Many new entrants to the market are wary of taking this step, however, because they subscribe to some common fears about what investing in this type of property is like.

“People often think commercial is a highly expensive thing that you need a lot of money to get into, but the reality is you can find a property in a capital city for $350,000 – sometimes even less,” explains Rethink Investing director Scott O’Neill.

“Entries don’t need to be high and once people get past that, they start to seriously consider and looking at commercial property for its fundamentals, which is that the cash flow is much better than any residential can give you.”

O’Neill points out that commercial investors can often get more bang for their buck than residential investors can.

“A 7% net yield in on a $300,000-$400,000 commercial property can give you $400 a week in positively-geared cash flow. In residential investing, the best you can expect would be an evenly geared, slightly positively-geared property with maybe $50 a week in your pocket. But then you’re going into poorer quality stocks.”

The key to effectively financing a commercial property is to talk to the right people – not residential property experts, but those who have experience in handling commercial property.

“Find a commercial mortgage broker – there are a lot of residential mortgage brokers that have never written commercial loans, or maybe they only do one every three months. They’re probably not going to let you find the best deal of the day,” O’Neill warns.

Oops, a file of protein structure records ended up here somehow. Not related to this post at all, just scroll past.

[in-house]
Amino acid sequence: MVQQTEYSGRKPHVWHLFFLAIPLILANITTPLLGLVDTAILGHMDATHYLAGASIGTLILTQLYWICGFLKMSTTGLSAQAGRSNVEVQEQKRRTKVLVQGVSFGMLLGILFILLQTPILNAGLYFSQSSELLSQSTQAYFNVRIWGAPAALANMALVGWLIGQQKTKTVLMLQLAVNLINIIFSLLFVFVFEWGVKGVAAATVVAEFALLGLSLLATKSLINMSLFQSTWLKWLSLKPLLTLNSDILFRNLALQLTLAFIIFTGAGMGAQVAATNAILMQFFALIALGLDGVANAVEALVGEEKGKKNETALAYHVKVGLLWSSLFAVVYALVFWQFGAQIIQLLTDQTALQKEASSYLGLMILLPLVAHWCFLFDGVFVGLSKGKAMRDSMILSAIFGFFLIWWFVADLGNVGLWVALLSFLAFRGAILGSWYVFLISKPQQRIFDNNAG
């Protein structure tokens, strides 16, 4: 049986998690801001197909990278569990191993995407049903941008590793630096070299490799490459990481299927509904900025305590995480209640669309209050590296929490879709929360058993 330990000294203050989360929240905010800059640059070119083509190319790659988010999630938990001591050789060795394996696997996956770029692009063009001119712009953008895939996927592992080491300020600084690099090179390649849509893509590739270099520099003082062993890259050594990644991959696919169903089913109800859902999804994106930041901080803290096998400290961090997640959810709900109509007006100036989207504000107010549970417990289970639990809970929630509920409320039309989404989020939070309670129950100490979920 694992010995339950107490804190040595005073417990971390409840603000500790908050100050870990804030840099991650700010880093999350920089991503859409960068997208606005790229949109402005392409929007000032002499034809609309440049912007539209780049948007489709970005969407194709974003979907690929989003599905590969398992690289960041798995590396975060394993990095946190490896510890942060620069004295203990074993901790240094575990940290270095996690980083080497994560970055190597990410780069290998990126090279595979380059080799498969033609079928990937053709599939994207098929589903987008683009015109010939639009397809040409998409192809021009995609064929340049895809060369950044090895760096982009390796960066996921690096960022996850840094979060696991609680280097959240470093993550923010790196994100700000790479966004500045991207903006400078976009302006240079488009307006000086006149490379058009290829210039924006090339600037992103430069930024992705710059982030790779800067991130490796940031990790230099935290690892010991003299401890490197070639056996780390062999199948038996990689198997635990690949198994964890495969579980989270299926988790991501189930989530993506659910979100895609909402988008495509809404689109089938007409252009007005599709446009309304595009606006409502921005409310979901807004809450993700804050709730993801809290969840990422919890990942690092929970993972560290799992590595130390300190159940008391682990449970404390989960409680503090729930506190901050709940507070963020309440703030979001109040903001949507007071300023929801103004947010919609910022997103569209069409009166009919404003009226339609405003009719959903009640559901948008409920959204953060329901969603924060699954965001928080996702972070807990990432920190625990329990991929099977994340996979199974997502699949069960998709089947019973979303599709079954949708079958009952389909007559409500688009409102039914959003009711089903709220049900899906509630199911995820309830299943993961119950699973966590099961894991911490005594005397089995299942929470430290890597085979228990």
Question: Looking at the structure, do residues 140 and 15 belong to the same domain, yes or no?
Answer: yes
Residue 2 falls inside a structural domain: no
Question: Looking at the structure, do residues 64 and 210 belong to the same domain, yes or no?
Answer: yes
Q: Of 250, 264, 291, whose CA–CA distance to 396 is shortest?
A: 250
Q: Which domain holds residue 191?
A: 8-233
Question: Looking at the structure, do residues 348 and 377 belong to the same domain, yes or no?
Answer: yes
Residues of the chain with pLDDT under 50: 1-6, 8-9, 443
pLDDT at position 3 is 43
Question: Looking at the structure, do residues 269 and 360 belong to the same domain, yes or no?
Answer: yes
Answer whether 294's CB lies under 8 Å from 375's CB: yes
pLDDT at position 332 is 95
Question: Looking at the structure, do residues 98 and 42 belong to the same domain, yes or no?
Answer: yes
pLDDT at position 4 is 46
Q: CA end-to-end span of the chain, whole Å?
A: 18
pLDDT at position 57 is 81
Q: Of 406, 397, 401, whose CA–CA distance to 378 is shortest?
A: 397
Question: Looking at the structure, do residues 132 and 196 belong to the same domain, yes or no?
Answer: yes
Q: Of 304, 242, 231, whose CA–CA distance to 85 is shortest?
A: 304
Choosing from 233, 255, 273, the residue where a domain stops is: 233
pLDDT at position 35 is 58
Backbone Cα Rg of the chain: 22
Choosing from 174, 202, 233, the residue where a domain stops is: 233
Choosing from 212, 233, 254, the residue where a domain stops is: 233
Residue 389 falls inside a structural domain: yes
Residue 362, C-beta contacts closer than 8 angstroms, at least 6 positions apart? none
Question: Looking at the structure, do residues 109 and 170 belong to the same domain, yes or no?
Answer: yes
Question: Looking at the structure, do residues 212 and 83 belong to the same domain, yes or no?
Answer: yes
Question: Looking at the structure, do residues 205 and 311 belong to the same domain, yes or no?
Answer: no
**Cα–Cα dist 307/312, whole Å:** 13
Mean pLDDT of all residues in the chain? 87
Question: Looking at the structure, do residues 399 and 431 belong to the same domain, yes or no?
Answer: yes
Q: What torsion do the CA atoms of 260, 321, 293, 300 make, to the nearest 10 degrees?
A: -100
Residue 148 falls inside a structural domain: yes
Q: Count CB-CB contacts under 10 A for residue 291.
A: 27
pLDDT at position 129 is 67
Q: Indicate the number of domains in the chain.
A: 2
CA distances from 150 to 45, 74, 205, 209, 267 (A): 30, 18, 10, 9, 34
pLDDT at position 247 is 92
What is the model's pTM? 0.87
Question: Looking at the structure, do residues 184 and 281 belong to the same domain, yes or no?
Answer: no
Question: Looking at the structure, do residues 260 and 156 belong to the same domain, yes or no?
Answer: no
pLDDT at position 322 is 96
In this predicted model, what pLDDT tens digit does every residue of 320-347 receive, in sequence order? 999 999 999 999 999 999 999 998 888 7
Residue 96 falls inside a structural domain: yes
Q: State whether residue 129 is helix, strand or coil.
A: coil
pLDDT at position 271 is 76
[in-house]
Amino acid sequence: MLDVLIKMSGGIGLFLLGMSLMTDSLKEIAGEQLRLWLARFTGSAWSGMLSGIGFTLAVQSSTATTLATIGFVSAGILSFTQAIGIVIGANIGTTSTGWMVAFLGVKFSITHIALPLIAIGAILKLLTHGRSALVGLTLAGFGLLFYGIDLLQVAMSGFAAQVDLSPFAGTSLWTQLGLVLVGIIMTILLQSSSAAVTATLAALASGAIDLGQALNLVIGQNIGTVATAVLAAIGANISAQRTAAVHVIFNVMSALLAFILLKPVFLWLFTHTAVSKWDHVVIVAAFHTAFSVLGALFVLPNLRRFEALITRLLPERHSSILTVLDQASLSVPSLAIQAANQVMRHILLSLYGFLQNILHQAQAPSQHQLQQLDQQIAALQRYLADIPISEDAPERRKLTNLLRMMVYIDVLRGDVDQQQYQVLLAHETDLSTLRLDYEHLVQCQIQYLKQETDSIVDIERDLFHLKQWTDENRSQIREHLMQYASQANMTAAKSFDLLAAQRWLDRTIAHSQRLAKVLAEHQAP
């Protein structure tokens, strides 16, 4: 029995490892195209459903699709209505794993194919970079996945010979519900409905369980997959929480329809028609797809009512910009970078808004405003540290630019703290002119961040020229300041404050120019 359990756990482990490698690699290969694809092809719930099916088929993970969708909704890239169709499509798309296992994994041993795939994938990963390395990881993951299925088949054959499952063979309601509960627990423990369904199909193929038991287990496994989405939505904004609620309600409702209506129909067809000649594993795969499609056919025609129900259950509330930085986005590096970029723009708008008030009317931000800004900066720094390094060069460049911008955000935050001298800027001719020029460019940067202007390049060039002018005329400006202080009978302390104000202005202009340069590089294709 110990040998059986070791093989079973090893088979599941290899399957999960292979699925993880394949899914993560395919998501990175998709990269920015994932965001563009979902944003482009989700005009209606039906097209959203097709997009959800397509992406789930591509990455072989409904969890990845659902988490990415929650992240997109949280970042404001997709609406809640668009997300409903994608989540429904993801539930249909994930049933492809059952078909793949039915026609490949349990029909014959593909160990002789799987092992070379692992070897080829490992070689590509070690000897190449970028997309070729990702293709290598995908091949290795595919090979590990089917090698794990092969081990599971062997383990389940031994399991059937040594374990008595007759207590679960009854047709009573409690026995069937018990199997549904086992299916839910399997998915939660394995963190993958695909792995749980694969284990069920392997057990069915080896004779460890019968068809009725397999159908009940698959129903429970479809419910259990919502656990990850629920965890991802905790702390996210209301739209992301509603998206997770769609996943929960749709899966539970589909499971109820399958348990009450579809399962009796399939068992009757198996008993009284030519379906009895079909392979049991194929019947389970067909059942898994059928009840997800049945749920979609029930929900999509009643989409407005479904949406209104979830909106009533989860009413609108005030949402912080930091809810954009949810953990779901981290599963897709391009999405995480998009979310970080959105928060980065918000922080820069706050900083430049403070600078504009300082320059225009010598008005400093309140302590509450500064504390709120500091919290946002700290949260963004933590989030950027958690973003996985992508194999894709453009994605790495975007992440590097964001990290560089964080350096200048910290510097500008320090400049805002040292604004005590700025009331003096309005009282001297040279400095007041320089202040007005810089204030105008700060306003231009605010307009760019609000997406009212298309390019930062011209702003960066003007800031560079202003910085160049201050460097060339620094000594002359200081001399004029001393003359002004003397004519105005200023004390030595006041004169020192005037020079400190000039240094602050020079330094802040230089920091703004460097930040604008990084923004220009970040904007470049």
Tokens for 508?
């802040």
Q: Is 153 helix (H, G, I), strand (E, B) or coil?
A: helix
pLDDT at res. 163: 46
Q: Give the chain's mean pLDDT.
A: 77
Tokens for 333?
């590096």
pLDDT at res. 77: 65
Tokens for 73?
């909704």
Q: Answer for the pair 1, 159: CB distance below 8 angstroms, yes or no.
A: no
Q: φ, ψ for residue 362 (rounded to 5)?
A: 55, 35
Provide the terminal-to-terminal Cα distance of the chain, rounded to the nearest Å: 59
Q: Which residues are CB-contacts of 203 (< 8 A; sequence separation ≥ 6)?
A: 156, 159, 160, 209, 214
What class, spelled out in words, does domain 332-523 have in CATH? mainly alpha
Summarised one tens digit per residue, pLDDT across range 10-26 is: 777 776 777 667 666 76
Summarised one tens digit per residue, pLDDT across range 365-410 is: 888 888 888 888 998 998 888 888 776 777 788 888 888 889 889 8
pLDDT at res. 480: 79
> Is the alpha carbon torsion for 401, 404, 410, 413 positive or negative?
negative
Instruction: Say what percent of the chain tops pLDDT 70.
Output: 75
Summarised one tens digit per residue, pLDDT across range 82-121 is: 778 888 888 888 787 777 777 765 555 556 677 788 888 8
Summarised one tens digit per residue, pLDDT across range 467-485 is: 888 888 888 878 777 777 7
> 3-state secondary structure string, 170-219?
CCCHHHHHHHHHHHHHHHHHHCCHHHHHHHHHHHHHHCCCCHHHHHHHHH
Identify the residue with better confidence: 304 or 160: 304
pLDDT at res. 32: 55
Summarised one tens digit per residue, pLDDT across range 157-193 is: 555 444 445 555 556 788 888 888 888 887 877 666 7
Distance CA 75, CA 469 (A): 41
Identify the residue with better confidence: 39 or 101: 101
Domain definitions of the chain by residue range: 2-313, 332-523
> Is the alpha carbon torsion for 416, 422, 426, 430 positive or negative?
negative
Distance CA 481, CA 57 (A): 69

“Most lending is in the 70%-80% range – yes, 80% is now coming onto the market more than it used to be. Maybe [lenders] are looking for more market share in this space so it’s a positive sign for the market. I’m seeing interest rates as low as 3%, and I believe that in 2020, we may even see a rate of under 3% for a larger loan.”

To maximise your investment, you can add value to a commercial property by subdividing it to increase equity.

“You might be able to buy a multiple-office space and then split it up to sell off individually. As you sell at a lower price point, those investors have less selection so they tend to pay more for the same rental value, so you can make equity just through making the property more bite-size,” O’Neill explains.

While one of commercial property’s best-known perks is cash flow, O’Neill does warn investors to not forget about growth potential.

“To be sustainable, you want good cash flow but you need growth happening. Even a commercial property that I would recommend still needs a lot of growth nature to it – you’re not going to go out to a very, very regional area to chase a 10% yield because although the yield is 10 out of 10, the growth will be zero on it,” he says.

“Sustainability is always about treating your property portfolio like a business – looking to make as much money in a five-year period because you want to always invest in the long term.”

Your Investment Property magazine editor Sarah Megginson interviews Scott O’Neill for the YIP Talk podcast, where he shares more myths and misconceptions about LVRs, finance, vacancy rates and capital growth for commercial properties; listen here.